RAYBURN'S SHALLOW BASS
<p>RAYBURN'S SHALLOW BASS: If you have fished Rayburn for several years in both extreme hot as well as extreme cold weather you know that there are always....as in always...fish in shallow water. If you are not a vet of lots of fishing time on Big Sam then take our word for it and mark this one down.....there will always be some bass and usually a lot of bass in less than 5 feet on Rayburn. Even with air temperature extremes from as low as the teens to as high as a 100 degrees bass will remain in the shallows. Sure, there will be bass in deep water then but part of the bass population will remain in less than 5 feet of water.
SHALLOW PATTERNS CURRENTLY PRODUCING: So with that fact established and with Rayburn's water surface temps currently running from 88 to 93 degrees what can you throw to catch bass in 5 feet or less. Let's start on top with frogs. I personally use a Stanley Ribbit which comes in both a regular size as well as the Bull Frog edition which is a good bit larger. If the grass I am fishing is thick I lean more to the Bull and if I am running the outer edges or scattered grass I more often use the regular size.
One thing for sure, I use Stanley's Double-Take hook (two super hooks fused together) on both and use the 5/0 on regular Ribbit and the 6/0 on the Bull Ribbit. To get more info on both Ribbits and the Double Take hooks go to www.fishstanley.com. The hooks come in packs of two and sell for around $3 a pack. When using the Ribbit type frog I use 50 lb Spider Wire braided line and normally run it or buzz it across the surface or matted grass. I experiment with speeds until I see what they hit more often and more aggressively. It is a must to hesitate a second or two before setting the hook following the strike.
The other type frog I use is the floating frog such as Spro which usually has a long skirt and works best if fished in a walking motion or a jerk and pause presentation. These frogs can also be deadly and also need a couple of seconds delay following the strike when setting the hook. Fishing a plastic/rubber frog is not for the faint hearted as it takes work and often a hundred cast or more between strikes so don't give up. It is not uncommon for 2 anglers to cast/work frogs all day and only get 5 to 10 hits. However, these are usually big fish and this makes a super approach to tournament fishing. That does not mean that you cannot load the boat some days fishing frogs because I have done so on multiple occasions. However, most days takes measured effort to get a strike.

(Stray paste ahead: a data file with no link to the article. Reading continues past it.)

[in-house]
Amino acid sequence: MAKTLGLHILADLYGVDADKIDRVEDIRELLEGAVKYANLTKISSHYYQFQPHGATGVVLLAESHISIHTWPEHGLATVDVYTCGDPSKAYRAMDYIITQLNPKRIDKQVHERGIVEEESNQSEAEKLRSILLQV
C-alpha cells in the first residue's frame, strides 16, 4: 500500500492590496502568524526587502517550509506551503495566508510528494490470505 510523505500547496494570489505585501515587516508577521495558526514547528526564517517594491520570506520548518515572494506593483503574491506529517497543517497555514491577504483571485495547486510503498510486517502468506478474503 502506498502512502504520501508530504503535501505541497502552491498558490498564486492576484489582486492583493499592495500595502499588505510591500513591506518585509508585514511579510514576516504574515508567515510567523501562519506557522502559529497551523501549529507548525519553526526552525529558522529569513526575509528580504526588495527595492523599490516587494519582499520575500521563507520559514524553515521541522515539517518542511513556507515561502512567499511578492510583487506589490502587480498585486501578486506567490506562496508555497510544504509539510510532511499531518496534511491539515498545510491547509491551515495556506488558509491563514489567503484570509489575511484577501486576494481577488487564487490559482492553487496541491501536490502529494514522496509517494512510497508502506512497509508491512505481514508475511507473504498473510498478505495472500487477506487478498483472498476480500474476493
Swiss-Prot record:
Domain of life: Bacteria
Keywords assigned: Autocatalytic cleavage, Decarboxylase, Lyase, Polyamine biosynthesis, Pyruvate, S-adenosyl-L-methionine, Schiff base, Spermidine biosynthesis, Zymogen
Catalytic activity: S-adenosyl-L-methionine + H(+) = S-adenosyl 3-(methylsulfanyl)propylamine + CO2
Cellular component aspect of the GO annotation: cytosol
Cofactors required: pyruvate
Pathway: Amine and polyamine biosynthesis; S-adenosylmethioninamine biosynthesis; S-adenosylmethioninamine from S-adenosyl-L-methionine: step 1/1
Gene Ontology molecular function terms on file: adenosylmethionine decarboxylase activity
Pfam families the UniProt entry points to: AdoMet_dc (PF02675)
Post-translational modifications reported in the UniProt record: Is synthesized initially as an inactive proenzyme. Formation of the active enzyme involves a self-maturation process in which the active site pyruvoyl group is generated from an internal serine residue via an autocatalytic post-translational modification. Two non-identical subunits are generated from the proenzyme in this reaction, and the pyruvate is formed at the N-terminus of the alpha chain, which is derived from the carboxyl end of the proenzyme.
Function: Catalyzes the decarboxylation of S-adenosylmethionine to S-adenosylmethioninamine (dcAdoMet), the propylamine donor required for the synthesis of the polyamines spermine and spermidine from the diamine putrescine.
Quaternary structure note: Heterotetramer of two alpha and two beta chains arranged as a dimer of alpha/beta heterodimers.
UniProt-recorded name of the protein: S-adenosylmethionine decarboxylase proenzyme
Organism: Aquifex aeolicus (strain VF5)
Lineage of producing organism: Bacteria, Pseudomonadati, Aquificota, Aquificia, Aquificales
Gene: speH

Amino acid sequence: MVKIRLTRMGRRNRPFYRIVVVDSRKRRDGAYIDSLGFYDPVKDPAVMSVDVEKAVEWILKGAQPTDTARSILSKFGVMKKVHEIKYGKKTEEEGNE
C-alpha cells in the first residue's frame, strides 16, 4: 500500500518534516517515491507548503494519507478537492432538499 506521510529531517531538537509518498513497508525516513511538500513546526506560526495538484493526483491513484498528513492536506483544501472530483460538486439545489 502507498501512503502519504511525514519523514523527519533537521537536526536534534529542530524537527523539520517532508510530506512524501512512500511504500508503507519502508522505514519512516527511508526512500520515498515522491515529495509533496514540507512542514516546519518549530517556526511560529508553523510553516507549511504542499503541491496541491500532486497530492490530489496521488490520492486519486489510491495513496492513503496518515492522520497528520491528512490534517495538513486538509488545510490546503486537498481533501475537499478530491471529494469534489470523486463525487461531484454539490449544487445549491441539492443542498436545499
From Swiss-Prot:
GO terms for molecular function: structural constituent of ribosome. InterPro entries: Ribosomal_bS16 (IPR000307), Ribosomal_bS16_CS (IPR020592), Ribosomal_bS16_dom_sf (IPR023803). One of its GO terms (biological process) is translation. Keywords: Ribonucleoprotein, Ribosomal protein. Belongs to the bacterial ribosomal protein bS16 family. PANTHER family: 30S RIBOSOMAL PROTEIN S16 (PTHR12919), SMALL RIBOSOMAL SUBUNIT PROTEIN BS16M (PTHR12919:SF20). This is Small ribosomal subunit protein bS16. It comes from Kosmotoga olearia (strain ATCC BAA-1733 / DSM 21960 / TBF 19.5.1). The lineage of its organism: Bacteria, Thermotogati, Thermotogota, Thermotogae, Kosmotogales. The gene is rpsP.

At times they will hit frogs aggressively in the early a.m. and other times they will wait till high noon to start hitting. To really reap the benefits of frog fishing on Rayburn, it is better to commit to it and stay with it. Sure you may need to change colors, speeds, back and forth from rubber/floaters to a plastic/buzz presentations but don't give up on frogs. You will need either lily pads or floating grass to have the best response.
Another bait that is a great summer bait is a buzzbait worked over scattered grass and also along the outside edge of the grass. Many times I will go back and forth from frogs to buzzbaits to see which they prefer that day. My buzzbaits usually have a copper/gold blade and a white, black or white/chartreuse skirt. My last suggestion is to use a 3/4 or 1 ounce Stanley or Odom grass or swimming jig and pitch it around the edge of the matted or submerged hydrilla or pepper grass.
These heavier jigs will fall through the matted grass to where the bass are holding. The jig pattern works best for me in the brightest part of the day as the bass pull in tight on the cover to avoid the sunlight. So load up with frogs, buzzbaits, jigs, sunnscreen and cooler full of water/Gatorade and be prepared to stay on these patters for at least 5 hours which often is needed to figure out what the bass are doing. Hopefully, you will get some good bites early and your confidence with soar but if not....keep working these baits in Rayburn's shallow grass. The fish are there!
About The Author: Captain Joe Joslin
Company: joe joslin outdoors
Area Reporting: South Toledo Bend
Bio: Joe Joslin is a syndicated outdoor writer and writes for several Louisiana newspapers and numerous magazines including Texas Game and Fish, Louisiana Game and Fish, CenLa Sportsman, Louisiana Sportsman and LakeCaster. Joe has been fishing Toledo Bend and Sam Rayburn for 25+ years and is a frequent tournament angler. Joe has been a full time pro guide on Toledo Bend/Sam Rayburn since 1998.Joe Joslin Outdoors Fishing Guide Service Wholesome atmosphere * Safety minded * Latest equipment, featuring 21i Class Skeeter with 300 hp Yamaha HPDI * Tackle supplied upon request * References available upon request * Available Year-Round. E-Mail Joe at email@example.com